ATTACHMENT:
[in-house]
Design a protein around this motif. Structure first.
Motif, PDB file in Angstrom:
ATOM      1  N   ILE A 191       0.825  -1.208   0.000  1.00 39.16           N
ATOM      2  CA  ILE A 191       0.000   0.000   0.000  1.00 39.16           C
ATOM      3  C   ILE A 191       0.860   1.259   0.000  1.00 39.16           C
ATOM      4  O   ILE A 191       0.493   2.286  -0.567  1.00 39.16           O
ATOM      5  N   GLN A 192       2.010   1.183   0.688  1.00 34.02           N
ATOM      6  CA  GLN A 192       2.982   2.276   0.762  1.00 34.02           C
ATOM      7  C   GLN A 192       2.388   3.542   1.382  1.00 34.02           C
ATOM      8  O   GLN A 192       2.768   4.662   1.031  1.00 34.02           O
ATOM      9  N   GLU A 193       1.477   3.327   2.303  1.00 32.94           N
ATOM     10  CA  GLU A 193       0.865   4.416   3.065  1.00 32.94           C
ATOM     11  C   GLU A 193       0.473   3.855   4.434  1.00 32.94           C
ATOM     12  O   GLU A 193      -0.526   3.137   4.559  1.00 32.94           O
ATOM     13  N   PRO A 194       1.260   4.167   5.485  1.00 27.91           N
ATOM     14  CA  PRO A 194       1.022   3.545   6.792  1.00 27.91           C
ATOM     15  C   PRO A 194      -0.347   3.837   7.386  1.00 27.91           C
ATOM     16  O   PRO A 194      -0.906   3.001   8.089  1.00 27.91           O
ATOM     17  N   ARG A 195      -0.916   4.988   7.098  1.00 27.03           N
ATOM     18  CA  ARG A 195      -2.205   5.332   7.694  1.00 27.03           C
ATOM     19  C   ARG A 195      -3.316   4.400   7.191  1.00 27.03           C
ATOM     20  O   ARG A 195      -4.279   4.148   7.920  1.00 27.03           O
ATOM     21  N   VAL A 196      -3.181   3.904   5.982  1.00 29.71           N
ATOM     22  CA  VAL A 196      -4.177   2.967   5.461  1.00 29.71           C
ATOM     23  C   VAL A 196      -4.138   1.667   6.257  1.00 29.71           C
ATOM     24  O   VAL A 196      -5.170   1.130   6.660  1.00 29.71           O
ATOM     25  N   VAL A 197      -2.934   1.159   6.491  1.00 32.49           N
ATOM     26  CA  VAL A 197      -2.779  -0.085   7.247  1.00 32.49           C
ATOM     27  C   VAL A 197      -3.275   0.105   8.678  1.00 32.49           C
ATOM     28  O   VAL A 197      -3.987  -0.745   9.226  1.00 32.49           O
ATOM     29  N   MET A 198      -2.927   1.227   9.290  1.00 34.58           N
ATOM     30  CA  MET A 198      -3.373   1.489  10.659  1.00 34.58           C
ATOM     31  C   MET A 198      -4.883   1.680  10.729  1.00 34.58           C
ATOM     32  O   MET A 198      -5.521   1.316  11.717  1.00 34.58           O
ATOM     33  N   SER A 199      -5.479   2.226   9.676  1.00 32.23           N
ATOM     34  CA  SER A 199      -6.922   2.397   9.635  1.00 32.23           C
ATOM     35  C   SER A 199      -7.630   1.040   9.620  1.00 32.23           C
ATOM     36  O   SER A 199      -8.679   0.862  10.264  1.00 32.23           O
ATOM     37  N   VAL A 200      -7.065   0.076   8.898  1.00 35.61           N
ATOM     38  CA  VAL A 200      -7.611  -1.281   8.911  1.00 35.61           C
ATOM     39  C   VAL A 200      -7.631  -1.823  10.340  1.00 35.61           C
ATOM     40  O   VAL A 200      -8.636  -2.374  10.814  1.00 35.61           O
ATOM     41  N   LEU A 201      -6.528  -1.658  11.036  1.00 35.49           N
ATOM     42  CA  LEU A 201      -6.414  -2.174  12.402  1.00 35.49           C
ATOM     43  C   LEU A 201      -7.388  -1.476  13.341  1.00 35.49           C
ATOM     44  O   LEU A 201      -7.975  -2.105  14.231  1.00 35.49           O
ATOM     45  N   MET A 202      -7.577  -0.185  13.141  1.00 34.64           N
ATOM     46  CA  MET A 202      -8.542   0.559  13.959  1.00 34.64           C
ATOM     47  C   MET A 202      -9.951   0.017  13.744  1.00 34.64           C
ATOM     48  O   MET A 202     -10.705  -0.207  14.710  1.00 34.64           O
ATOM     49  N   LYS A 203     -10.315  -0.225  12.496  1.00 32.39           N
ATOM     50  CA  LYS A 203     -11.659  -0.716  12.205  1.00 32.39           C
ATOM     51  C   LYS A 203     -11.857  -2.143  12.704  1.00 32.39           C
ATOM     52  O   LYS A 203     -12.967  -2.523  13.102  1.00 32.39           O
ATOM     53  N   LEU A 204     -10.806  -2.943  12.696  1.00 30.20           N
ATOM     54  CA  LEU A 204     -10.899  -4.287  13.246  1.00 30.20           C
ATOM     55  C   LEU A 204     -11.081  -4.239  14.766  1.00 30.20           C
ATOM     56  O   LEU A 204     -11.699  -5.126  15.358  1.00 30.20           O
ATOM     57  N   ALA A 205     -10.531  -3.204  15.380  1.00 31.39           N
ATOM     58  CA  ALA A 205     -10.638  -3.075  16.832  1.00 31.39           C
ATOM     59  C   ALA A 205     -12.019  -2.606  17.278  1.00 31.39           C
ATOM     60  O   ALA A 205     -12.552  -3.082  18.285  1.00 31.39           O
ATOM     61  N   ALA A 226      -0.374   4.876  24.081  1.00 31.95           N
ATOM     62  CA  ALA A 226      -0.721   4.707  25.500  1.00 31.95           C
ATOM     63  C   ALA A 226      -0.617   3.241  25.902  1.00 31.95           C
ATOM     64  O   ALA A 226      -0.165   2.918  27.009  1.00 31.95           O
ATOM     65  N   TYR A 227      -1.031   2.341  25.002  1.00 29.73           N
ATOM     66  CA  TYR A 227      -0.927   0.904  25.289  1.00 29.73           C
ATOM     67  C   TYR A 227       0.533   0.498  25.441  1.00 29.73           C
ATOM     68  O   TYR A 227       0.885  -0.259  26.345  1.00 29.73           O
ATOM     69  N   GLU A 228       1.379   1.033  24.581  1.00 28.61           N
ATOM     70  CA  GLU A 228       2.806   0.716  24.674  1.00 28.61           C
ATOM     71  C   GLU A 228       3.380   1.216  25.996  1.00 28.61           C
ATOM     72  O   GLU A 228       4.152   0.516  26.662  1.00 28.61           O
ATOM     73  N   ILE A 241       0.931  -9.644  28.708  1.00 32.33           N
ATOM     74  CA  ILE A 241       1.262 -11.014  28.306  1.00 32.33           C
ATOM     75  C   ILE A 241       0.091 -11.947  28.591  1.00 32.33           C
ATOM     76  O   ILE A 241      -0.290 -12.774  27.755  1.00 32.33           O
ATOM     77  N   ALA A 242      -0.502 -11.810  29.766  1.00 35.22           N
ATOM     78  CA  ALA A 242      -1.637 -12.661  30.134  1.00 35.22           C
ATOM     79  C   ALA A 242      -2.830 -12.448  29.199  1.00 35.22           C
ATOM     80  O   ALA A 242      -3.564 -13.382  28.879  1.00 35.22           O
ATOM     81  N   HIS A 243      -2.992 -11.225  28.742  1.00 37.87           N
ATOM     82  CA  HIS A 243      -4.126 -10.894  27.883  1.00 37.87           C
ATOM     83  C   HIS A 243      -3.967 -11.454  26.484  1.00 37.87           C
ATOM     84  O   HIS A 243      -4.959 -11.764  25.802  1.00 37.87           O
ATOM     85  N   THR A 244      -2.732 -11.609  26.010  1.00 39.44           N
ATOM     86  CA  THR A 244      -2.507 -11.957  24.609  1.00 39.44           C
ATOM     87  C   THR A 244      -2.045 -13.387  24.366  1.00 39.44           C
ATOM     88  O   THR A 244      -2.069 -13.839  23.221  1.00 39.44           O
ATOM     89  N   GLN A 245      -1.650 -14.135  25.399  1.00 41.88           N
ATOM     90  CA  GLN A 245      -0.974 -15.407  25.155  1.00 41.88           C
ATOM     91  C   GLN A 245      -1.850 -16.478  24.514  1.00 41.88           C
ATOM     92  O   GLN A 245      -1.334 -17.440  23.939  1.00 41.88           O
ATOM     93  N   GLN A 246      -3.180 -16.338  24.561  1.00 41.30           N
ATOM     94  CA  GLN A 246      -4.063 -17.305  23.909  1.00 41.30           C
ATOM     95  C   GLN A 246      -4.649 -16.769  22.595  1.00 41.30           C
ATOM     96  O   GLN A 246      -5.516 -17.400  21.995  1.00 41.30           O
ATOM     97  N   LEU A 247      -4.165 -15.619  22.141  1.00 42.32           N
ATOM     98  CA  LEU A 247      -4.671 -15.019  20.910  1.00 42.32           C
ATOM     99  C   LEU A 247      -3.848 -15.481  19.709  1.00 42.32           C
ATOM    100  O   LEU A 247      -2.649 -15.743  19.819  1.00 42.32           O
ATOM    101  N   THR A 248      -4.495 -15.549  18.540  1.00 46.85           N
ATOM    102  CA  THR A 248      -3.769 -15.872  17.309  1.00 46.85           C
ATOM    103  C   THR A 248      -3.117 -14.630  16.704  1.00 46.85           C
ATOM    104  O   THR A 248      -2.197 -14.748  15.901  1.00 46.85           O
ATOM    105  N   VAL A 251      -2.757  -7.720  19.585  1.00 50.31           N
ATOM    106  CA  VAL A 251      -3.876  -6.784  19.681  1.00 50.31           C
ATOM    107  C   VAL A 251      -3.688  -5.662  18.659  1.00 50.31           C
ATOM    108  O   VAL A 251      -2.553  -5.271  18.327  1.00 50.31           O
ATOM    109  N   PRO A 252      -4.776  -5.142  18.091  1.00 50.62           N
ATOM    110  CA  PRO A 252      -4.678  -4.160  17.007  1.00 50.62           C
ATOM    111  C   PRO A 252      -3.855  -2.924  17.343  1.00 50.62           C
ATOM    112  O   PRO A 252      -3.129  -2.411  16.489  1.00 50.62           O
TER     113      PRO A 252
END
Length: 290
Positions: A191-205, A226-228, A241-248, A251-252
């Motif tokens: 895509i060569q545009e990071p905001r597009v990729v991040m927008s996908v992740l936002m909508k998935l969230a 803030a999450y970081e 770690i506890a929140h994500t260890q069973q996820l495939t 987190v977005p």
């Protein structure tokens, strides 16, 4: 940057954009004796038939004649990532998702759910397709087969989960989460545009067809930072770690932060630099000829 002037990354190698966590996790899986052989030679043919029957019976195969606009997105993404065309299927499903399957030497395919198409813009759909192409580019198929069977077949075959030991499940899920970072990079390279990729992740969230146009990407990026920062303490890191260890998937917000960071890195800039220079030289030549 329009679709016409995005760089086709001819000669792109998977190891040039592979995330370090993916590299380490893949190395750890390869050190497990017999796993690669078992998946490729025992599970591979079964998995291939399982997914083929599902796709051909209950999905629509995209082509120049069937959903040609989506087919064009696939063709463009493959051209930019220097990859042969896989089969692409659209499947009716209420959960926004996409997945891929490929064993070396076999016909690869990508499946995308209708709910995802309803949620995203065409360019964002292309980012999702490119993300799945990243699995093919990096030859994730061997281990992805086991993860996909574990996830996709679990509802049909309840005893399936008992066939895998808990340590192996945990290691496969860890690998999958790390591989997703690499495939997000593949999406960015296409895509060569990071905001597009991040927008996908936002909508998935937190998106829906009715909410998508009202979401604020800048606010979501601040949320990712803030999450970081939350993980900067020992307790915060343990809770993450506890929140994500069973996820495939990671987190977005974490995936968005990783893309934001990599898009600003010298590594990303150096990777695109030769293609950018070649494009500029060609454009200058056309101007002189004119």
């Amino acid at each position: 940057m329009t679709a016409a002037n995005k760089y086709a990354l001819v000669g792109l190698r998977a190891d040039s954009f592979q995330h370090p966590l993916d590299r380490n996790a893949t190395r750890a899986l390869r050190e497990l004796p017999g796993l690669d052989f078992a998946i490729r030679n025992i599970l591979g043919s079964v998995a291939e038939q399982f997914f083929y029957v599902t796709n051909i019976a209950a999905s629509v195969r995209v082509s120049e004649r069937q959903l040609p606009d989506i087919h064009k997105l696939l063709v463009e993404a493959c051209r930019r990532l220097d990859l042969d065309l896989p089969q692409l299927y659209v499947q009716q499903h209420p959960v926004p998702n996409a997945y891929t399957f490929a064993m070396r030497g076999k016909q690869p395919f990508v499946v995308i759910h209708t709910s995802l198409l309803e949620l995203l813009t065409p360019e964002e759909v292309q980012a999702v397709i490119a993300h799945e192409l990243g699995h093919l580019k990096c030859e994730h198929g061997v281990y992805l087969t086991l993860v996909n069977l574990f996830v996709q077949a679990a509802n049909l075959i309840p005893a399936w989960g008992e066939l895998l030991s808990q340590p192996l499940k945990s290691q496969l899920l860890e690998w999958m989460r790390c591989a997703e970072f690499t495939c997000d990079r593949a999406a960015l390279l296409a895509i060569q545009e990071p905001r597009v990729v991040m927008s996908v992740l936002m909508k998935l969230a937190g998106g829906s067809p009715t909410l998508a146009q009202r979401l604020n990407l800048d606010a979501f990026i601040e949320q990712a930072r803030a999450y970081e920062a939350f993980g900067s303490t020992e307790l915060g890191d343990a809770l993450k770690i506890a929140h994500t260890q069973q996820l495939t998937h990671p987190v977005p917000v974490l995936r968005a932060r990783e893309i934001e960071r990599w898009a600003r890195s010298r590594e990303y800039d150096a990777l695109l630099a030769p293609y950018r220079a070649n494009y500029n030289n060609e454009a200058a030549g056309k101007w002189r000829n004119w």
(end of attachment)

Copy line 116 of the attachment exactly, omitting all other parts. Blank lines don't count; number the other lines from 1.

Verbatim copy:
TER     113      PRO A 252